By Nick Meynen.
In the TV documentary series “Years of living dangerously”, Thomas Friedman goes to Syria to make the link between climate change and war. He also talks with Condoleezza Rice, who says that climate change can create a tipping point for conflicts like in Syria. Friedman claims it is no coincidence that the civil war started at the end of the worst drought in Syrian history ever recorded. Farmers fled to cities, the regime failed to provide support and that created the fertile soil for a violent conflict.
We can call all Bolivians, Bangladeshi’s, Burkinabe and others “political prisoners” of our times. They are prisoners of our political choice to continue on the path of economic growth, consumption growth and resource extraction growth. Despite all intentions of decoupling, the amount of oil consumed in the world keeps on rising, just as the amount of CO2 in the atmosphere, reaching 400 ppm now. The climate doesn’t care about creative bookkeeping, political rhetoric and the tendency to communicate only positive messages.
While climate change is a waste problem, many other problems arise at the start of the ever growing production chain. We notice that everywhere in the world, ways of resource extraction are getting more damaging and causing more social conflicts. The resource extraction frontier moves from the easy accessible deposits to sites that are harder to reach, in more densely populated areas and more vulnerable ecosystems. As we write, oil from the Arctic is being shipped to Europe. Drilling is planned in the Yasuni National Park, where in one hectare of forest you can find more tree species than in entire North America. Then there is fracking, tar sands and what Shell is doing with the Niger delta, where oil amounts equivalent to one BP Deepwater Horizon oil spill goes into the fragile and densely populated delta … every year.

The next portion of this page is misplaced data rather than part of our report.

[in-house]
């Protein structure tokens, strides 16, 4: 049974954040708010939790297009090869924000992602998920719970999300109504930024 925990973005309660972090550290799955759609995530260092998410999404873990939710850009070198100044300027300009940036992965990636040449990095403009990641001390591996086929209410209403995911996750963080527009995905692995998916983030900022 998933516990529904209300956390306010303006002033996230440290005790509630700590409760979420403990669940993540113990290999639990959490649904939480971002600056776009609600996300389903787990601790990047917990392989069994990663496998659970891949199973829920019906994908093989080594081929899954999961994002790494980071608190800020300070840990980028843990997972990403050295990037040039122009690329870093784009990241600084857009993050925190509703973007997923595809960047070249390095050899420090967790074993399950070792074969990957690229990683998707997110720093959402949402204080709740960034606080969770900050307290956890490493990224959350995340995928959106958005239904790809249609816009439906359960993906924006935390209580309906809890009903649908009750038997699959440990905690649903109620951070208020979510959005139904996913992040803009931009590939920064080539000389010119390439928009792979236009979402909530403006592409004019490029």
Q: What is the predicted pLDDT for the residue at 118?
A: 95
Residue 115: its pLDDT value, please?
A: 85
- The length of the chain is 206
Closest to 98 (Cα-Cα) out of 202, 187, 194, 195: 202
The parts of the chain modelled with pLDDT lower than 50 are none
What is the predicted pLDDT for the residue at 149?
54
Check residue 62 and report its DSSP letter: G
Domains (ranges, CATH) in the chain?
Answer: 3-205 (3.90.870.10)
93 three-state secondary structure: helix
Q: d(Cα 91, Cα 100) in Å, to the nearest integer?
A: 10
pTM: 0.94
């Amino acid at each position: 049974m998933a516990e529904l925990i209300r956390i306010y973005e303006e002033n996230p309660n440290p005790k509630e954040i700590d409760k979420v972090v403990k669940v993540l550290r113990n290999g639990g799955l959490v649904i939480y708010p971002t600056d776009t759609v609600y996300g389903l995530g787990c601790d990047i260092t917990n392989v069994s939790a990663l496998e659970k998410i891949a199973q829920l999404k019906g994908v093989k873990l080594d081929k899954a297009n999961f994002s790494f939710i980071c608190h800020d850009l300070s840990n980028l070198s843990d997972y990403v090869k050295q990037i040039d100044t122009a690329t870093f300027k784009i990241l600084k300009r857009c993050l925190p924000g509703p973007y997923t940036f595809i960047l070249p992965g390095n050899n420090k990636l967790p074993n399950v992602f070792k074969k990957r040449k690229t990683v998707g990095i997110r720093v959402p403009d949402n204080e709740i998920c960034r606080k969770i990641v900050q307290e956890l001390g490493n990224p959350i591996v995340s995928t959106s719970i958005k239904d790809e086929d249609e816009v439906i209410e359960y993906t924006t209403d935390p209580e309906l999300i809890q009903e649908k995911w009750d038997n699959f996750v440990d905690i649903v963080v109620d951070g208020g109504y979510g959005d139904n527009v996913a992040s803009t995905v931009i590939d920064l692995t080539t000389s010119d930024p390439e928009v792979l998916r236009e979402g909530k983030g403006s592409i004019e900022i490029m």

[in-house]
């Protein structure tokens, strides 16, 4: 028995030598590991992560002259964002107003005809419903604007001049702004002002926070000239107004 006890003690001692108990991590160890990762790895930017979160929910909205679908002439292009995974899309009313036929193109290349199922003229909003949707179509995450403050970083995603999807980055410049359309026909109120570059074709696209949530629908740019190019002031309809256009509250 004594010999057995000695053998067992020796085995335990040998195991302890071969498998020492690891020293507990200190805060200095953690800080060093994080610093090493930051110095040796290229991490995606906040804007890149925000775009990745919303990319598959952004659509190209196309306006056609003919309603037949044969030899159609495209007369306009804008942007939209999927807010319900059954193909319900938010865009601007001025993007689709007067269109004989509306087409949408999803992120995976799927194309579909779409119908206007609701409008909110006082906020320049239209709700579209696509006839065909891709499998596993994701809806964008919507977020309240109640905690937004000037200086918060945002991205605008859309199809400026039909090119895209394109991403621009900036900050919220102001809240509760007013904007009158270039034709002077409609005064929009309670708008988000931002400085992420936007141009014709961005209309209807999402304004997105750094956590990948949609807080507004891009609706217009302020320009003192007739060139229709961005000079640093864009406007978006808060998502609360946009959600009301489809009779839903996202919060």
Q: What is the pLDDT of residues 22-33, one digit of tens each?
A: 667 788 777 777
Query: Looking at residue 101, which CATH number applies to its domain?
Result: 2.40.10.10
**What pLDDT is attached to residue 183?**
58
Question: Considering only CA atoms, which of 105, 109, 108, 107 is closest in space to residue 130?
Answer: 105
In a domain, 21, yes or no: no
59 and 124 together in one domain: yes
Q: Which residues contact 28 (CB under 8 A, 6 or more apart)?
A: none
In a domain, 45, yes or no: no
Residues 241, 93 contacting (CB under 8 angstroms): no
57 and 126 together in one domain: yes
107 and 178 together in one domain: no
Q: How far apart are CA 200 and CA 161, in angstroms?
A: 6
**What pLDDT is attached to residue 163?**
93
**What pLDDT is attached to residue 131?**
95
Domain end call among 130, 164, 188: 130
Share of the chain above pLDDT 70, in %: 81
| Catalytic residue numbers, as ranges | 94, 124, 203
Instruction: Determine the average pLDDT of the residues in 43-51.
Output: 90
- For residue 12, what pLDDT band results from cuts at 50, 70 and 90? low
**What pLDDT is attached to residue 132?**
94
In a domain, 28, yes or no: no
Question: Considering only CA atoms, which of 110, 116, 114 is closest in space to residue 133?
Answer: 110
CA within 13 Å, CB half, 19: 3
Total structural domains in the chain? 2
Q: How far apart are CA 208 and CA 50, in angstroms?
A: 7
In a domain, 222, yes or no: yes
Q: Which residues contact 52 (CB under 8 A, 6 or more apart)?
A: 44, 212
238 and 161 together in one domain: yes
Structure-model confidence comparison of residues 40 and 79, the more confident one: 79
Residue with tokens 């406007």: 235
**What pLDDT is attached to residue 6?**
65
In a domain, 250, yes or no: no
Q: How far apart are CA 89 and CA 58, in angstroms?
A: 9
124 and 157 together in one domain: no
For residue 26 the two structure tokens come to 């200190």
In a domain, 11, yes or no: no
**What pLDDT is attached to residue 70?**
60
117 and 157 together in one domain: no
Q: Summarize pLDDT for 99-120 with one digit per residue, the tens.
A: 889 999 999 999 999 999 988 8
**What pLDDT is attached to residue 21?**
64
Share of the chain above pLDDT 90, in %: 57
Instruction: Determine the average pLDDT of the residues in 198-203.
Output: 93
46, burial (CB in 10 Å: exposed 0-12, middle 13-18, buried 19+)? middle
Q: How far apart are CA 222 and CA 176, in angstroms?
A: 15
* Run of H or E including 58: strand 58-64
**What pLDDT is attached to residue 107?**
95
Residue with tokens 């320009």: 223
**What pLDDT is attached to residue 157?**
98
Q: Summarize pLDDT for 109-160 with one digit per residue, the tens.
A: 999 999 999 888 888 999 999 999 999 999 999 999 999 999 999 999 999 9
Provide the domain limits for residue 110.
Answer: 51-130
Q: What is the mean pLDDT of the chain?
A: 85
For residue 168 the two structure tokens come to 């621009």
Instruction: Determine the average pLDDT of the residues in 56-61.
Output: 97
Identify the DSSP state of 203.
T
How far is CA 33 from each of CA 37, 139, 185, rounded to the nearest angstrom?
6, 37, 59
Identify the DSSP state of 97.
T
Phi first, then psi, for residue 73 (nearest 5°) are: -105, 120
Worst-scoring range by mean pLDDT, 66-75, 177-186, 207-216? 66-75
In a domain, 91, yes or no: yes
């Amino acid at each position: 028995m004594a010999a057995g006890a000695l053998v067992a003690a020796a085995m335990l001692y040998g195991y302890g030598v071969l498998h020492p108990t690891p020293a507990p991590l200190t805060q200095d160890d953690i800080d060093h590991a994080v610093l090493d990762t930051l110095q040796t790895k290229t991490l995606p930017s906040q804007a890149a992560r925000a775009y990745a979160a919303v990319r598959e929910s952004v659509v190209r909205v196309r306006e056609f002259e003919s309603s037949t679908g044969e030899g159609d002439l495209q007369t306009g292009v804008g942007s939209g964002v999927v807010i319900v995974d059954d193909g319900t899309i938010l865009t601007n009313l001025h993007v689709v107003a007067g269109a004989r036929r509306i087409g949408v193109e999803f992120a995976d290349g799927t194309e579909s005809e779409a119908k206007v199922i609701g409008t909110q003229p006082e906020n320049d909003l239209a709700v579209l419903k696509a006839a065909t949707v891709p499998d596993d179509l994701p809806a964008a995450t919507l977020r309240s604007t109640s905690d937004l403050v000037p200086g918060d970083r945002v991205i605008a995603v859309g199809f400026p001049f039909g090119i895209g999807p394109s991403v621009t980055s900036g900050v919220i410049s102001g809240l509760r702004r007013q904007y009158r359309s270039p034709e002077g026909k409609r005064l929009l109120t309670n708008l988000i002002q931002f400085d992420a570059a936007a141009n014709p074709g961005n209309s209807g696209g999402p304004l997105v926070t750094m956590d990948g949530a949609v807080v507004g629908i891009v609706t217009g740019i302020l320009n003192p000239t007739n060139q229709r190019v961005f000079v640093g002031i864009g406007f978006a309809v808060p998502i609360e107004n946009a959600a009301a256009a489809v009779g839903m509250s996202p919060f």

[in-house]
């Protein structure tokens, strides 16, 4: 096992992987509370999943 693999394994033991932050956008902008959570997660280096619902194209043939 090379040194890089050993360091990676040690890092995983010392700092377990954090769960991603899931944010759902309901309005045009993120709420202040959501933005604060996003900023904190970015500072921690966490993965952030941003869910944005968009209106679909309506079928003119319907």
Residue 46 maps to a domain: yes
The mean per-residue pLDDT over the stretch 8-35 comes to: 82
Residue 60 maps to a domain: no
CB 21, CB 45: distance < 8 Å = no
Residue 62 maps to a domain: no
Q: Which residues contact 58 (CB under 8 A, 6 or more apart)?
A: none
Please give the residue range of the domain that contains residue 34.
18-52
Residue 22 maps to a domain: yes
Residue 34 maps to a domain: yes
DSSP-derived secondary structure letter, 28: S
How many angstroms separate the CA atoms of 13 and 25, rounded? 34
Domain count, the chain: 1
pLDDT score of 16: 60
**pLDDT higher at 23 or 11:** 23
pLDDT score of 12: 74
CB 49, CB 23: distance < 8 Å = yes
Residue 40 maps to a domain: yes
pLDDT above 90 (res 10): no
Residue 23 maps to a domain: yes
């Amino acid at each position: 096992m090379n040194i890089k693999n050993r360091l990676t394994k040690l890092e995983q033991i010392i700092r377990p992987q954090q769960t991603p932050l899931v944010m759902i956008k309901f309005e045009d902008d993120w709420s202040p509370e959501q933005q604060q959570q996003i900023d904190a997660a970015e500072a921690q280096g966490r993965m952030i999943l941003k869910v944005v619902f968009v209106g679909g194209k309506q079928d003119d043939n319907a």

And while our consumption keeps on rising we see a global decline in biodiversity, drinkable water per capita from California to China, fish stocks, forested area, ice caps and so on (see Heinberg). Even our well being is no longer improving above a certain point of income – which we in Europe and the US have reached a very long time ago (see Wilkinson). Nevertheless, we keep insisting that economic growth is part of the solution, while instead, in many regions, it is the main problem. It has caused monoculture plantations to quadruple in size within just two decades. It has caused a rush on land, due to our increasing overconsumption and waste production and our self proclaimed basic human right to drive a car, take cheap flights several times a year and eat strawberries at Christmas.
In order to move toward a sustainable world, we need to tackle the roots of the problem. We’ve seen one market based solution failing after the other one, with the global trade in carbon emission reductions as the most notable example. We’ve also seen technological solutions fail because of rebound effects, or an increase of resources needed to make the technology function.
The only way to reduce the pressure, injustice and eating of the earth’s capital is to reduce our needs and greed. To do that, we need stronger product norms, corporate accountability, better legal frameworks etc. Governments can ban products that are designed to fail, they can jail CEOs that knowingly destroy ecosystems and recognize ecocide as the 5th crime against peace. Strong and visionary governments will be needed.
We, as consumers, can do our part, but behavior change will not be enough. We can also divest from the fossil fuel industry and boycott the companies that produce the unburnable fuels – just like we successfully boycotted the Apartheid Regime from South Africa. The EJO 350.org just managed to convince Stanford University to divest from coal, for a total of 18,7 billion US $. But we are also citizens: so with important elections coming up in key regions and countries like Europe, India and South Africa, let’s keep this holistic, environmental justice and long term perspective in mind when we go voting. Inform yourself, consider your values and then make a good choice.
Photo: Young girls who have voted for the first time showing fingers marked with indelible ink after casting votes in Bangalore, India. Photo: K Murali Kumar.